Review: Watch Dogs:Legion Is Familiarly Ubisoft with a Sprinkle of New Ideas

Screenshot: Watch Dogs: Legion

DedSec is back, and the team is bigger than ever. The largest selling point for Watch Dogs: Legion, the latest entry in publisher Ubisoft’s Watch Dogs series, has players swapping playable characters. It happens so often that it is easy to forget which character you are playing as. Similarly, you could be forgiven for forgetting what game you’re playing, as there are several gameplay elements more in line with the earlier Assassin’s Creed games, in particular the boroughs and your ability to take them over.

Players who are already acquainted with the Watch Dogs franchise will find the gameplay very familiar: the emphasis is appropriately on hacking your way through networks, hopping from camera to camera and device to device to achieve your goals, ranging from simple scouting and stealing to rescuing hostages, gathering evidence or destroying something or someone dangerous. The main difference here from Watch Dogs 2 is the proliferation of many types of drones deployed throughout London, and newer tools to add to your digital arsenal. The ability to recruit and play as virtually any character you see throughout London is an incredible accomplishment, and adds plenty of diversity and representation, but if you’re spending most of your time hacking networks you’ll hardly notice which character you are using. Still, that is hardly the only way to play. Like hacking itself, you can take an elegant approach or brute force your way in, or anything in-between. In these cases, the diversity of characters and their special abilities can come in handy, and this really is the highlight of Watch Dogs Legion.

Screenshot: Watch Dogs: Legion

There is something quite satisfying about sending a swarm of bees to attack someone, or throwing a paint bomb and witnessing an explosion of color that blinds your enemies and causes chaos. Some of these abilities are tied directly to the profession of your recruit; who else would have weaponized bees but a beekeeper? Other abilities are more randomly distributed, such as the ability to summon specific drone types. Bagly, your mission guide and generally friendly AI, will periodically point out potential recruits with specialized skill sets, including Spy, Professional Hitman, and Animator. The Animator I recruited has a variety of non-lethal weapons and take-down tactics that are creative. Just as there are potential recruits that are highly specialized there are also swaths of people who are incredibly ordinary with no special weapons, no hidden abilities, and sometimes even having faults that can hinder gameplay–try being stealthy with flatulence. That’s really an option.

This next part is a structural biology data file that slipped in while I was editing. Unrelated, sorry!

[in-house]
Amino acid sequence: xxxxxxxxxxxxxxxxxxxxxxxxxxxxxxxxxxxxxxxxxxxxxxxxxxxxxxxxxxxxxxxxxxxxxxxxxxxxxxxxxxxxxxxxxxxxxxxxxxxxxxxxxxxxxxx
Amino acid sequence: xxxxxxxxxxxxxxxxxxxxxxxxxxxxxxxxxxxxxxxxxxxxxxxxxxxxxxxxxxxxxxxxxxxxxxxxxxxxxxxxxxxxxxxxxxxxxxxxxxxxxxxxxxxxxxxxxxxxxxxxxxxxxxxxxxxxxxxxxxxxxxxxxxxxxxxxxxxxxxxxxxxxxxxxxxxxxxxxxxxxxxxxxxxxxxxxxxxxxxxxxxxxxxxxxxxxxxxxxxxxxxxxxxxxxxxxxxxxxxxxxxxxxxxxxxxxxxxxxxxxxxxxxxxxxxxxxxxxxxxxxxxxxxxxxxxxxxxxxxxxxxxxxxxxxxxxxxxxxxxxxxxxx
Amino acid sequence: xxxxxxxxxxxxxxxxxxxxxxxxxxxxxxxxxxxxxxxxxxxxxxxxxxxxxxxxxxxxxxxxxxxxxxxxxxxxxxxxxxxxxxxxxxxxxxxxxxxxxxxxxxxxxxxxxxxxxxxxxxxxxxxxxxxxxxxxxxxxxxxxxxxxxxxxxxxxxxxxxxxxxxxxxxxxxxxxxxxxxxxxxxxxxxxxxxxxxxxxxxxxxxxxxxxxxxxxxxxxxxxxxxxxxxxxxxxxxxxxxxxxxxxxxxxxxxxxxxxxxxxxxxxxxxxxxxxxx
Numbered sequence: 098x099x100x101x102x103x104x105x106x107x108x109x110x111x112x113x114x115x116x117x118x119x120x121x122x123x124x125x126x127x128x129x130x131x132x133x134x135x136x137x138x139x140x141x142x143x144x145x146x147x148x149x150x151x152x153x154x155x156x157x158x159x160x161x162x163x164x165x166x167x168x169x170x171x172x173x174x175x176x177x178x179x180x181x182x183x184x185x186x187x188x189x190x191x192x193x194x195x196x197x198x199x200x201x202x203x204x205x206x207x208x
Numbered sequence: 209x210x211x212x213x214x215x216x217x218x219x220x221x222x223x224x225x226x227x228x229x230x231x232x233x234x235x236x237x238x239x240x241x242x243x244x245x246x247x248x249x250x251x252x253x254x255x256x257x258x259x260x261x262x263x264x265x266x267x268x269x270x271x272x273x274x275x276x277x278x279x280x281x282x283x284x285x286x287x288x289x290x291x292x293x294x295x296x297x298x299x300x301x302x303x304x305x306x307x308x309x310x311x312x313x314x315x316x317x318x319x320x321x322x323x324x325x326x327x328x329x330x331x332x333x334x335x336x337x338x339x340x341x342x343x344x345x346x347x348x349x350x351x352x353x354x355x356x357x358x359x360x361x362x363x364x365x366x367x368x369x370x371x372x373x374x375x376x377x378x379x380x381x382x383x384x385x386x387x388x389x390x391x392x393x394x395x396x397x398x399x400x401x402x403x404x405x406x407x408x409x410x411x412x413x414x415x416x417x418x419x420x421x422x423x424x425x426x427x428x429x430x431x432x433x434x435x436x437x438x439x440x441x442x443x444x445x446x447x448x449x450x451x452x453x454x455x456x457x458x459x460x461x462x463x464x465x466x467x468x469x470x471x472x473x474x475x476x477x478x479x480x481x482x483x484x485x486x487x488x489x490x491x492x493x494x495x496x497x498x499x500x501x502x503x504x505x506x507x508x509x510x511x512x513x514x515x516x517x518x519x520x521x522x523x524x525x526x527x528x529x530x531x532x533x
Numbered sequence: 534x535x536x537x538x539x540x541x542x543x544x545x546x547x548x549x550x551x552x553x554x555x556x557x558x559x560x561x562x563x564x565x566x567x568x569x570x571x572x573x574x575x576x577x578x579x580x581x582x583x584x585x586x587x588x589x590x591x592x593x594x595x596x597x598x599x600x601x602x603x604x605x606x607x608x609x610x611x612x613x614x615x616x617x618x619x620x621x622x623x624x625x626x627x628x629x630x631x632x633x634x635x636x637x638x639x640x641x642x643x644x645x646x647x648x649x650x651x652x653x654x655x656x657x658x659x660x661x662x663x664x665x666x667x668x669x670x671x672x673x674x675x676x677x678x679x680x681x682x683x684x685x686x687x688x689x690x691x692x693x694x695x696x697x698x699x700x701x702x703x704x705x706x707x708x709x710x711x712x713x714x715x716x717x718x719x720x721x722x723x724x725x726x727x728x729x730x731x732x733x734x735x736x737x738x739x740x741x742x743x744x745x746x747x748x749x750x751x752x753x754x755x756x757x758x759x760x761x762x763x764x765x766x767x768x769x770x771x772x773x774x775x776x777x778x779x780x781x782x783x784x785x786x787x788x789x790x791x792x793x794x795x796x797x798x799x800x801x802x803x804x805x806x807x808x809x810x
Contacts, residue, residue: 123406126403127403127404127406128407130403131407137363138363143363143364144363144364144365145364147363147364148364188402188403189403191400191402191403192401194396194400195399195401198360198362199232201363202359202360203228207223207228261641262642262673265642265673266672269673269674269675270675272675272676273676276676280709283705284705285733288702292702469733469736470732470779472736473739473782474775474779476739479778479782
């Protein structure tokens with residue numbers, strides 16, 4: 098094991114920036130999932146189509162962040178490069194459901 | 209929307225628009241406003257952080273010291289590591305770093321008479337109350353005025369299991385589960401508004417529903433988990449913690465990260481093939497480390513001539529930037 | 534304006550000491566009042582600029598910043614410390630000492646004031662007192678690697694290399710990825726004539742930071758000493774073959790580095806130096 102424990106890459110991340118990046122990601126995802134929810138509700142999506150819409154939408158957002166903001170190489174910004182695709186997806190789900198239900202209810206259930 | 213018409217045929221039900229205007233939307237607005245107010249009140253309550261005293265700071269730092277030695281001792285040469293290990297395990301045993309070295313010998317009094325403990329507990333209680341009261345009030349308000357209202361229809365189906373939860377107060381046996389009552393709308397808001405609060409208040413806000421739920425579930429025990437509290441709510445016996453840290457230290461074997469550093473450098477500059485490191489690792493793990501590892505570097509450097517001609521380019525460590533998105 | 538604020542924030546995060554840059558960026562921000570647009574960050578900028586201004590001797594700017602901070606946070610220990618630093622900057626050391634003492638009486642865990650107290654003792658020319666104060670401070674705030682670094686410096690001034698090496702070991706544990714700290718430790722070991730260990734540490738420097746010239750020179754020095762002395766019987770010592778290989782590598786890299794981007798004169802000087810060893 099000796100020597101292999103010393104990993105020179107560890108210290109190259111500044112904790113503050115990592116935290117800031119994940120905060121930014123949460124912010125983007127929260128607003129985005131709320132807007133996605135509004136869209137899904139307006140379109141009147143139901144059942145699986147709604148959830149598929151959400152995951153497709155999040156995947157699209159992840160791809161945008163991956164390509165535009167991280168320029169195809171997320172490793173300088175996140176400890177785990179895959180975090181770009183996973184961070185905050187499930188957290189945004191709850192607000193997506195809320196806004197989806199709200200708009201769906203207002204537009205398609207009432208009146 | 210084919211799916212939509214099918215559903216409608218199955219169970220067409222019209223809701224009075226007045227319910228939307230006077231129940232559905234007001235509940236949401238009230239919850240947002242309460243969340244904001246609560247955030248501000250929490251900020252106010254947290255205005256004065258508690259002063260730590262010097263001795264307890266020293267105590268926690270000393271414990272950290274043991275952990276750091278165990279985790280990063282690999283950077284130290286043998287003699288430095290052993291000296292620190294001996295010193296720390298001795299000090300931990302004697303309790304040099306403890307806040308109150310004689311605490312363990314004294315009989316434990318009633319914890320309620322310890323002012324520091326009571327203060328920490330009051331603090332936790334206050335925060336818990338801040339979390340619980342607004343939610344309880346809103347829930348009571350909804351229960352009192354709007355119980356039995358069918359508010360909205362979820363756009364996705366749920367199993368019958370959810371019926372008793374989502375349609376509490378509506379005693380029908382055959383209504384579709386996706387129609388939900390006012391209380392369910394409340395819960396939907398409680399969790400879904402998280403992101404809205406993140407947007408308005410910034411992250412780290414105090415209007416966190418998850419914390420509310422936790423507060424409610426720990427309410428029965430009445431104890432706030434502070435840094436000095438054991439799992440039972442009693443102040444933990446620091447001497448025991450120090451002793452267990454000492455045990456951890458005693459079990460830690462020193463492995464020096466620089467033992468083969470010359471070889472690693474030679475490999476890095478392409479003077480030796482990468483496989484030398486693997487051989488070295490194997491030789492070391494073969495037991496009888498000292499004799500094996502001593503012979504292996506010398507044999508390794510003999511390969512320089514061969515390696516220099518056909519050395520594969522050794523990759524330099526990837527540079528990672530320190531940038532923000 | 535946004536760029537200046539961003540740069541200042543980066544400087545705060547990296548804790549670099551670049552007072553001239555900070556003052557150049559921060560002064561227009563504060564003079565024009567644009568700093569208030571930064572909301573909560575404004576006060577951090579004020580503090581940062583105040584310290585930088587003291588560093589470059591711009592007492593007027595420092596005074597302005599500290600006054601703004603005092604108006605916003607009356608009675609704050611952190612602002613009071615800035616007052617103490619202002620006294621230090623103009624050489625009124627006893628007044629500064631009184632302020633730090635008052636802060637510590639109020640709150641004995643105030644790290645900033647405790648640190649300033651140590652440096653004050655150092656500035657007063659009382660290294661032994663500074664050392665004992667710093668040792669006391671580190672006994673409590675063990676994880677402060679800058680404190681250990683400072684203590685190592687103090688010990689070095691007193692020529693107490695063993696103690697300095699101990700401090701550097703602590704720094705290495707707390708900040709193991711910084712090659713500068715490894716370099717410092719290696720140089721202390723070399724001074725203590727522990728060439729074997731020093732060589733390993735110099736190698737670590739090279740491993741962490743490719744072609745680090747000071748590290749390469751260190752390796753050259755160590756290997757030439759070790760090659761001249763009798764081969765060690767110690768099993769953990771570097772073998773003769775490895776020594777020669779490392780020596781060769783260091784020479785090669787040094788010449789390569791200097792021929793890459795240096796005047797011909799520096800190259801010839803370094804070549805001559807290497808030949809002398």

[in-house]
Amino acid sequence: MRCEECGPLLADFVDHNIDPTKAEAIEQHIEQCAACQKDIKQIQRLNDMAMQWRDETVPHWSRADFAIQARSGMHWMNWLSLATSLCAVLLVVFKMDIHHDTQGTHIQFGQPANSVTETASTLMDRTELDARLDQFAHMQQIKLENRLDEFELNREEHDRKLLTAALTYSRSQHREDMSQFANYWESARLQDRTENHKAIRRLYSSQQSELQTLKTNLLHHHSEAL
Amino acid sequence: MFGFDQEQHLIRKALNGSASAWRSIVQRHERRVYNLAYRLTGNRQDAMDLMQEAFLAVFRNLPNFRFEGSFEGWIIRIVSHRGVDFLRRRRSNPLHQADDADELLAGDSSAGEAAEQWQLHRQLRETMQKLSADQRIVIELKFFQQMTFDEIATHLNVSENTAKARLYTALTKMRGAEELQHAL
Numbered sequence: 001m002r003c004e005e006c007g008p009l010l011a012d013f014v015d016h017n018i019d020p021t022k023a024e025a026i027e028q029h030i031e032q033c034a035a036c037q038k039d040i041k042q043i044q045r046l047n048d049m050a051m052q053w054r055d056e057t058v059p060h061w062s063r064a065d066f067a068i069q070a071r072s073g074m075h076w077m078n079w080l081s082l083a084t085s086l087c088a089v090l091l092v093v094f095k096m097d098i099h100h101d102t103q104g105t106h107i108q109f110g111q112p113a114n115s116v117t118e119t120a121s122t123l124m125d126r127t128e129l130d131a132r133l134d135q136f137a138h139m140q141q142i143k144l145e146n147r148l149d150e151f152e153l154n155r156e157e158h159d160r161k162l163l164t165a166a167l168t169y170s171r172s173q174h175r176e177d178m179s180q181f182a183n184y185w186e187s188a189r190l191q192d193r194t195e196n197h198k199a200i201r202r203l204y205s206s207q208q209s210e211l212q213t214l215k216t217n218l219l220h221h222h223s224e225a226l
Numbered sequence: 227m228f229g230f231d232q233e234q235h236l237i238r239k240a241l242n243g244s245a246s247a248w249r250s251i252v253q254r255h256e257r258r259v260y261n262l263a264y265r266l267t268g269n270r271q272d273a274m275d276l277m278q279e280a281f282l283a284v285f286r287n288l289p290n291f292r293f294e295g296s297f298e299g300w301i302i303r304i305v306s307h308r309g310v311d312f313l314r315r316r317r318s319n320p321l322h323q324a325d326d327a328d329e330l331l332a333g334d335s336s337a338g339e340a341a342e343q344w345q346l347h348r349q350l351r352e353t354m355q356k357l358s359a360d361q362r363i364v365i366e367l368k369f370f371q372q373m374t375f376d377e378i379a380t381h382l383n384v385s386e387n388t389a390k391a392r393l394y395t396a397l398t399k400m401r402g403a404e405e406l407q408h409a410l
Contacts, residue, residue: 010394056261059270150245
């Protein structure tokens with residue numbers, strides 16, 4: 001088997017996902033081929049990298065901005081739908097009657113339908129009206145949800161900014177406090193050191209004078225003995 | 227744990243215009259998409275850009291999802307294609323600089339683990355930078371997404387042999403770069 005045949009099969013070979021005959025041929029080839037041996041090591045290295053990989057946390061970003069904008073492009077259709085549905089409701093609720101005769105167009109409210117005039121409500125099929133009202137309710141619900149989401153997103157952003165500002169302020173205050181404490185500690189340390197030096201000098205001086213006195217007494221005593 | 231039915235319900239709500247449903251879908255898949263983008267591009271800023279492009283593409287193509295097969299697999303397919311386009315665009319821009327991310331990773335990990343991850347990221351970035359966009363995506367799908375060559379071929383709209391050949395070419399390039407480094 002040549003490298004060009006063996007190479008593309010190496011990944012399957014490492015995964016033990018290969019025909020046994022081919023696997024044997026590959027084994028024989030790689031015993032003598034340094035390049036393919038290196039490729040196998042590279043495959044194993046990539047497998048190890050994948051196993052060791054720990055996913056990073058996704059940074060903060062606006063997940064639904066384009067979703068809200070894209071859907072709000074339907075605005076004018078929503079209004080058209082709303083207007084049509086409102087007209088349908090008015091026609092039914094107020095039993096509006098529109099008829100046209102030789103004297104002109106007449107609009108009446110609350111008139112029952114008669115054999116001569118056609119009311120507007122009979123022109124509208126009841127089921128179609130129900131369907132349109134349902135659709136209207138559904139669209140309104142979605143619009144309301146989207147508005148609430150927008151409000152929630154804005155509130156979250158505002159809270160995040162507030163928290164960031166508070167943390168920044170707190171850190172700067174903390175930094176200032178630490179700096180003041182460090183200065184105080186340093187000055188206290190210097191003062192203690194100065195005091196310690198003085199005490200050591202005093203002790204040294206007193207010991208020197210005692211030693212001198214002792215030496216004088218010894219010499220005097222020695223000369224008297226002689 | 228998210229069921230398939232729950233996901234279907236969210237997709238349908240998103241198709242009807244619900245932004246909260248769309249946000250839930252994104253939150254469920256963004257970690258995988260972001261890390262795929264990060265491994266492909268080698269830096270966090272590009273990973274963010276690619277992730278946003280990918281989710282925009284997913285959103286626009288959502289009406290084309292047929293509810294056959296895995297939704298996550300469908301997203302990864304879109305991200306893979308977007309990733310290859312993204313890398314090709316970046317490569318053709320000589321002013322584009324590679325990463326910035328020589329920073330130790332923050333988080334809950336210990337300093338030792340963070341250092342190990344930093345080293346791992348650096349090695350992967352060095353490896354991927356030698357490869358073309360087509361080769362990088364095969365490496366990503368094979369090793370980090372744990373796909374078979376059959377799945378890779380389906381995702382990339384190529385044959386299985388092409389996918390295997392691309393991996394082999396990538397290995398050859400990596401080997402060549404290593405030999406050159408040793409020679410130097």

The story is set in a near future, post-Brexit London. The political commentary here is definitely at the forefront. London is in a police state, illegal aliens are rounded up and often tortured, citizens are randomly checked for ID and everyone is under constant surveillance in every inch of the city. Tonally, the narrative of this game is closer to the original, set in Chicago, than the sequel, Watch Dogs 2. That is to say it is overall darker in tone, tackling issues of human rights, trafficking, and even the question of what humanity fundamentally is. Personally, I find these themes depressing and prefer the narrative tone of the previous entry, but the side missions here don’t tend to delve as deeply into that emotional well as the main story does so I find myself exploring those much more often.

Screenshot: Watch Dogs: Legion

Where Watch Dogs: Legion excels is the creativity it allows players in play style, diversity of playable characters, and simply offering fans of the franchise more of the world to play in. Where it falters is how, no matter what character you control, others speak to you as if you are the hero rather than a hero.  Similarly, the occasional invisible park bench or bus stop can be amusing, if a little distracting. Those are subtle issues, and may take some time for players to even notice. Less subtle is the frequency of loading screens. Changing operatives? Getting a mission briefing? Fast Travel? Leaving/Entering HQ? Any one of those greets you with a loading screen and some missions may have you see as many as five before completion. While it’s possible that playing on a newer system such as Xbox One X or PlayStation 5 may speed up load times to a point where you hardly notice the delay, playing on a standard PlayStation 4 as I have for this review, having a mandatory 10 to 20 second break is enough to take you out of the action and disrupt any sense of flow to the experience.

Screenshot: Watch Dogs: Legion

Overall, I’ve enjoyed it. I still go back and play Watch Dogs 2 periodically, because of how much I enjoyed that game, but I’m not certain that once I’ve done everything that I care to do in Legion’s London that I will want to revisit it. Perhaps when the multiplayer features are added next month I may start it up again, but for now it seems likely that I’ll be satisfied with a single playthrough.


Watch Dogs: Legion is available now on PC, PlayStation 4, PlayStation 5 and Xbox.




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